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Eur J Immunol. 1980 Jul;10(7):547-55.

Human peripheral null lymphocytes. II. Producers of type-1 interferon upon stimulation with tumor cells, Herpes simplex virus and Corynebacterium parvum.


Human blood lymphocytes, exposed for 6 to 24 h in vitro to tumor cells (K 562, IGR3, L1210), Herpes simplex virus type 1 (HSV) or Corynebacterium parvum (CP), produced high levels of anti-viral activity which was identified as type-1 interferon (IF). In mixed lymphocyte tumor cell cultures (MLTC), the generated type-1 IF was definitely shown to originate from the lymphocytes and not from the tumor cells. Supplementation of leukocyte cultures with 10% fetal calf serum instead 10% human AB serum had little influence on tumor cell-induced IF production, but strongly reduced CP-induced IF production. Lymphocyte fractionation procedures involving iron/plastic treatment, nylon wool columns, Ig-anti-Ig columns and rosette (E, EA) separation led to the identification of null cells as highly efficient producers of type-1 IF. T cells obtained by different ways (E-rosette sedimentation, passage through 1 nylon and 2 Ig-anti-Ig columns, or thoracic duct lymphocytes) were poor IF producers in response to tumor cells, HSV and CP, but secreted anti-viral activity when stimulated with phytohemagglutinin. In MLTC, the level of generated type-1 IF roughly stimulated with phytohemagglutinin. In MLTC, the level of generated type-1 IF roughly paralleled nautral killer (NK) cell activity. Evidence is presented that type-1 IF can be produced by an Fc receptor-negative null cell subset, whereas NK activity requires Fc receptor-positive cells. It is suggested that production of type-1 IF represents one of the earliest functions in the differentiation process of mononuclear phagocytes and is likely to develop before the appearance of Fc receptors, diffuse esterase staining and latex phagocytosis.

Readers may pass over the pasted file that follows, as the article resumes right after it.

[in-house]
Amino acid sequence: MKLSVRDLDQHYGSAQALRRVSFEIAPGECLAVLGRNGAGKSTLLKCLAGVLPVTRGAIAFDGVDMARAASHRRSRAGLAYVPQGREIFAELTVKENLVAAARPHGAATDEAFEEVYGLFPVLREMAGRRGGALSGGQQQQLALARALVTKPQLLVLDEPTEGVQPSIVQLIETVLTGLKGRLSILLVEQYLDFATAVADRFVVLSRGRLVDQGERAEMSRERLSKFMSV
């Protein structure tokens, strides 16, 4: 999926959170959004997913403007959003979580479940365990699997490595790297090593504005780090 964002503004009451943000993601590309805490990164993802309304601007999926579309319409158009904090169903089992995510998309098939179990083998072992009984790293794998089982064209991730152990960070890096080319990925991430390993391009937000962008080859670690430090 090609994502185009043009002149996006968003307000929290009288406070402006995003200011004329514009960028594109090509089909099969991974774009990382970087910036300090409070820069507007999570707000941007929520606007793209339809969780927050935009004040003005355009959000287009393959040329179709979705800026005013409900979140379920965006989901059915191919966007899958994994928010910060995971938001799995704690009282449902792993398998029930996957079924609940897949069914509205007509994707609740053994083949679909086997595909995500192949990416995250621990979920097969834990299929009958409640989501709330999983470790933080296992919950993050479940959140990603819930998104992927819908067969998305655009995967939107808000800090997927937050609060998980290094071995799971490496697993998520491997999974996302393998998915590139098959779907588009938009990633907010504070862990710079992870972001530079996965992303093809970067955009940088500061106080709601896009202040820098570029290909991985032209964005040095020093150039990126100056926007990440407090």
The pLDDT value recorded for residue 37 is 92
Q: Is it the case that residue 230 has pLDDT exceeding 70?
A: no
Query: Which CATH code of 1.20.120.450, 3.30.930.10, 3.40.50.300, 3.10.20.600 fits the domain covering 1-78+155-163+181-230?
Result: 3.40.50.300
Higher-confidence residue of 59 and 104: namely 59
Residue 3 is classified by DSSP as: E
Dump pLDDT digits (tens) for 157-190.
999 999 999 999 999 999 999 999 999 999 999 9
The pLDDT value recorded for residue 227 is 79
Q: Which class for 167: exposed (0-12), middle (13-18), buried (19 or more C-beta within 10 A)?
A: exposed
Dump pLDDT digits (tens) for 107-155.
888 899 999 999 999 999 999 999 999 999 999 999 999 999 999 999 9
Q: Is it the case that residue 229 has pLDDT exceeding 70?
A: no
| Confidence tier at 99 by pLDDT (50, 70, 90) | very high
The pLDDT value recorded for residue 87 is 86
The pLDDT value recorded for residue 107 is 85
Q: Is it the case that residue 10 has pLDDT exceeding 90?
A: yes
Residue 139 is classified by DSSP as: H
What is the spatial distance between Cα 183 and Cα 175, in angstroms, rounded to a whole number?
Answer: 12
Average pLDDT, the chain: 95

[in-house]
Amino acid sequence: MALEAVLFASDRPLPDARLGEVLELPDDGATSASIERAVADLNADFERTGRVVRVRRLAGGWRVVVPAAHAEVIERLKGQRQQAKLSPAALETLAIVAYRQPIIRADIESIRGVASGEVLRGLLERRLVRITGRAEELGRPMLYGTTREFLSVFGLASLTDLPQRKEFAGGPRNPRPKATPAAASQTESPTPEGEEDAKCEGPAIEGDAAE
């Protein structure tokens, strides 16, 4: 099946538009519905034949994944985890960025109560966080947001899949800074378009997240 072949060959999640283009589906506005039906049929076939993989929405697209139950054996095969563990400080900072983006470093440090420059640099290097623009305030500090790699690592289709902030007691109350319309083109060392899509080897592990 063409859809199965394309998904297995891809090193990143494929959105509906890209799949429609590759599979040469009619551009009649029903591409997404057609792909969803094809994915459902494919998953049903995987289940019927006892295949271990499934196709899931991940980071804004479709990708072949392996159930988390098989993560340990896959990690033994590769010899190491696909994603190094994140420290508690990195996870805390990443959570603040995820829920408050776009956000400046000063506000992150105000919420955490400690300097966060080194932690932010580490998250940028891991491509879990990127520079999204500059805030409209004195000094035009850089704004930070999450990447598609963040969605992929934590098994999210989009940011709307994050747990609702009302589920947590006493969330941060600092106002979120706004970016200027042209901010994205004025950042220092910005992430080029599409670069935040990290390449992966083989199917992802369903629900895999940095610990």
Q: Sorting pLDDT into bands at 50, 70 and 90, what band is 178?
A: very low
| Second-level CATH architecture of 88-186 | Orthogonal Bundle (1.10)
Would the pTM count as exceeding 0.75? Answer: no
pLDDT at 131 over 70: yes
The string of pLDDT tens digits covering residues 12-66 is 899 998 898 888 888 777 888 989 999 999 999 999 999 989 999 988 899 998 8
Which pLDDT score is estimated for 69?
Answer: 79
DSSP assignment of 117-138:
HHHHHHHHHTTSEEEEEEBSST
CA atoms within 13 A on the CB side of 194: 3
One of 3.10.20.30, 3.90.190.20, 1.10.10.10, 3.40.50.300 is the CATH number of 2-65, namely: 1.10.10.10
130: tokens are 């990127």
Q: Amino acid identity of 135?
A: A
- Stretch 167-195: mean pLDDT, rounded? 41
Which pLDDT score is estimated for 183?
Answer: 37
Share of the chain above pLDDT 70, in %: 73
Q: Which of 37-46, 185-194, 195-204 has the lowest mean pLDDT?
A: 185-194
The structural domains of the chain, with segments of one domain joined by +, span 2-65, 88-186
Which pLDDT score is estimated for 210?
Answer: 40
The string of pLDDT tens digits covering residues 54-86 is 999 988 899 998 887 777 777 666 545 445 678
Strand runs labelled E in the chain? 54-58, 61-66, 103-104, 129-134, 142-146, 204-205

[Indexed for MEDLINE]

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